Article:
So here we are, knowing that we should neither eat zero fat nor zero carb nor all fat nor all carb. We want a balance between the three energy nutrients. There are more friendly and less friendly fats, but that has been subject to opinion. I disregard it for a simple reason.
If you adopt the “eat what you burn, and burn what you eat,” it doesn’t seem to matter. Think of all the Midwestern farmers who eat eggs, bacon, whole milk, sausage, and butter every day. And that's just breakfast! But they work hard all day, and they burn it. They don’t have heart attacks. Their arteries aren’t clogged. They exercise a whole lot (they call it farming) and they eat without a second thought. They burn what they eat and they only eat what they can burn. Their weight is stable, and I'll put them up against most high school athletes in a test of total fitness any day, even if they are in their 70s.
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I’m intimately aware of this phenomenon because I know a guy, my grandfather. He outworked me repeatedly in the garden when I was 16, and I was hitting the gym each day. It was a bit disheartening, but I’m thankful for the genes, Papa.
My point here, once again, is that although nutrition is very important, common sense about it goes a long fucking way. Consume a moderate amount of fat of any source, and if you burn it off, it can’t clog your arteries, and it can't make you fat. You burned it! So much for worrying about it.
This leaves us to determine how to proportion our three macro energy nutrients for optimal performance. I know some wiseacre out there is whining about keto adaptation (which is poorly studied at present and may not even be a thing) or Paleo diets (which consisted primarily of whatever was available which happened to be insects, bugs, and worms that proponents conveniently fail to mention) or whatever new nonsense craze is happening as we speak, but I'm going to rest my case on common sense and moderation and variety.
Please know that I am aware and have argued that the human body can withstand periods of time under radical restriction of one or the other macronutrients. But that is a survival mechanism, not an attempt to perform maximally. We want something more than just getting by or just getting away with it. Since we have incredible, unprecedented variety and options to access great food, we can do better than that.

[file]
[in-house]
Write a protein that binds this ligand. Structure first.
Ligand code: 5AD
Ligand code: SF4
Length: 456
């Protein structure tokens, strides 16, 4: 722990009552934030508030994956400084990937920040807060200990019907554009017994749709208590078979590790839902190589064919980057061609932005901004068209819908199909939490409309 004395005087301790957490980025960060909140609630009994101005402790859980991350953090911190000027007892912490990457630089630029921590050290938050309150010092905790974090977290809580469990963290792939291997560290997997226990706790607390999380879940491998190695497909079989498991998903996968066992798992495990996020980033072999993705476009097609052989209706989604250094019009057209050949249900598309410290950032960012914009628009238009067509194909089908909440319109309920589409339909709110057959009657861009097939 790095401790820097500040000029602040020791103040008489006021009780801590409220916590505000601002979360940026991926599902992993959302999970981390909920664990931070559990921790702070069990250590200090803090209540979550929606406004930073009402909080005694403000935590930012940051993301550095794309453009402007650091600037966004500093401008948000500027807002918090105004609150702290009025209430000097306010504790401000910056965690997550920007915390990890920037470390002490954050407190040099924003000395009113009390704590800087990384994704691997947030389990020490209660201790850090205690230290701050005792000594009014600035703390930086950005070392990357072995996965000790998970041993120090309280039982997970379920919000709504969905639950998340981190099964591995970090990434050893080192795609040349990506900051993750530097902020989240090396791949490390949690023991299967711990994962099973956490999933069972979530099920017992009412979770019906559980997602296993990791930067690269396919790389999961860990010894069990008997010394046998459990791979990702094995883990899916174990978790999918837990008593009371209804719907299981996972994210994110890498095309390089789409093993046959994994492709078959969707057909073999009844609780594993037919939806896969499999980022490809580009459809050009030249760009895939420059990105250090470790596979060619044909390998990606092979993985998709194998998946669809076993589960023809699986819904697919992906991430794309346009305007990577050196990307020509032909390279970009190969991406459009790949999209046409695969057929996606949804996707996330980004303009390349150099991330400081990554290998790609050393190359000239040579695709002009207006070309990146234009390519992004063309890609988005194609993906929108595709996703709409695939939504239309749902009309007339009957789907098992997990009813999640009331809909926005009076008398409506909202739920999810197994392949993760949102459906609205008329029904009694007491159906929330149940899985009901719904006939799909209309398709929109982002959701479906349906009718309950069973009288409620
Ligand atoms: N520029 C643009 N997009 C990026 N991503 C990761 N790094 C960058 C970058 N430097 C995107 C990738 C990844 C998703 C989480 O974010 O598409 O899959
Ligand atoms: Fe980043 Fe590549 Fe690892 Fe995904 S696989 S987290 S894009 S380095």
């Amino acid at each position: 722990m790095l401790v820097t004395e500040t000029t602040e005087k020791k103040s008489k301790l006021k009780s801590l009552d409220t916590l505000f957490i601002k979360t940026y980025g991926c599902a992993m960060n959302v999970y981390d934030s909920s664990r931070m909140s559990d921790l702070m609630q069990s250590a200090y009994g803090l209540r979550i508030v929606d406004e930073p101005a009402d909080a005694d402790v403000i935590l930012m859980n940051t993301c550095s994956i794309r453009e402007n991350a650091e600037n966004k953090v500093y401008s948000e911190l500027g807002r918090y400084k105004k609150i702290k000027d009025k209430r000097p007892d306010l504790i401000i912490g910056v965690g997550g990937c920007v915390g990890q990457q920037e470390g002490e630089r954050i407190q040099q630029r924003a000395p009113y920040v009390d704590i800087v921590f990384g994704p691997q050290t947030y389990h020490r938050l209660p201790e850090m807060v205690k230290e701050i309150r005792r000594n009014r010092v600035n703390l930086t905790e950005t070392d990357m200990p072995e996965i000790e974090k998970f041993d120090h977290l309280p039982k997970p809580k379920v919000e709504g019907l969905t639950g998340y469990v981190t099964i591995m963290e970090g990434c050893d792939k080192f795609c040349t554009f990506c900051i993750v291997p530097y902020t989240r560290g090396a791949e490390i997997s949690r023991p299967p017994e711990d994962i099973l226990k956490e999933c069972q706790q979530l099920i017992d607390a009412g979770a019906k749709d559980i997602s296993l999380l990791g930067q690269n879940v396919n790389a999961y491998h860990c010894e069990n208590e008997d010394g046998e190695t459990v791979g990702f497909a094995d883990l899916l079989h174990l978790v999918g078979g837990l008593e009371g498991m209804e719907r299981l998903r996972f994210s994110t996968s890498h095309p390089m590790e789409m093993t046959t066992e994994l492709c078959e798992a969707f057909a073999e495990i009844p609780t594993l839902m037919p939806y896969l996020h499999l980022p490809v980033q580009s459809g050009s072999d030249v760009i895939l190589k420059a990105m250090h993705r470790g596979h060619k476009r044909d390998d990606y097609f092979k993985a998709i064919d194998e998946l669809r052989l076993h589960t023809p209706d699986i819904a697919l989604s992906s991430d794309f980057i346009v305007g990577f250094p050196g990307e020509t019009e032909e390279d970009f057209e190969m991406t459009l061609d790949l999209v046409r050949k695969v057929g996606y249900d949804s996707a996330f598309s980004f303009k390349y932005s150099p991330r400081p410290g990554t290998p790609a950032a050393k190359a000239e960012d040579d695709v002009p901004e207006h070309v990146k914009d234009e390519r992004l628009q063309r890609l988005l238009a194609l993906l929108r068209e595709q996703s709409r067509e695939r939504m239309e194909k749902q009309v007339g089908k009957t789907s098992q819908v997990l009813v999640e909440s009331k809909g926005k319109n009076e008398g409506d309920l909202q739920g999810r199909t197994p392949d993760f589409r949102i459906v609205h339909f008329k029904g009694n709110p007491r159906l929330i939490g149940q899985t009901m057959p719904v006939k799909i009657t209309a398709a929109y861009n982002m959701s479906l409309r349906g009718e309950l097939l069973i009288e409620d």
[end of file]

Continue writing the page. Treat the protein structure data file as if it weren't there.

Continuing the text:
Here's what you’ve been waiting for. The very first step in the process is to estimate as accurately as you can the number of total calories you need. If you are wishing to gain weight, you must eat more than you spend each day. If it is weight loss you aspire to, then fewer than you spend must be eaten. And to maintain, you eat the same as you spend.
Counting calories is an imperative step, otherwise, you are guessing. This is not as simple as it sounds. You must calculate your basal metabolic rate and to do so, you must have a reasonable knowledge of your lean body mass and body fat percentage. Then you must estimate your daily exertion rate in calories. How much do you exercise? How hard? How much do you move at your job? In general? At play? Any recreation or work or movement or exertion of any kind should be factored. The more you care about this the more effort you should put into it. You can go online for help. You can also go online for ways to estimate that are less accurate but less involved. That's up to you. But don’t complain when you struggle to get what you want. Do the work and get the best results.
Once you know your calorie target, you need to deploy your distribution of calories over the macronutrients. To do this, you need the following information. One gram of fat has nine calories. One gram of either carbohydrate or protein has four calories. Starting with the number of grams of protein, you have decided you need each day based on the factors of body size, metabolism, exercise amount and intensity (paying attention to recovery as pertains to this series), and an allotment for growth of new muscle tissue, multiply that number (in grams) by four.
Then subtract that from the total number of calories per day. As an example, if you estimate you will need 3,500 calories each day, and you wish to get 200 grams of protein, then you multiply 200 grams by four calories per gram to get 800. This is the number of calories that are yielded by protein. You subtract 800 from 3,500, and this leaves 2,700 calories left in your diet to further allot between fat and carbohydrate.
You must decide how much energy you will need in a quick and intense release and how much in a slow and steady release. It is your energy need that should be the main determinant of this. How much high- versus low-intensity effort do you employ every day? And that may even be too simplistic. How much is in-between somewhere? Medium-high or medium-low?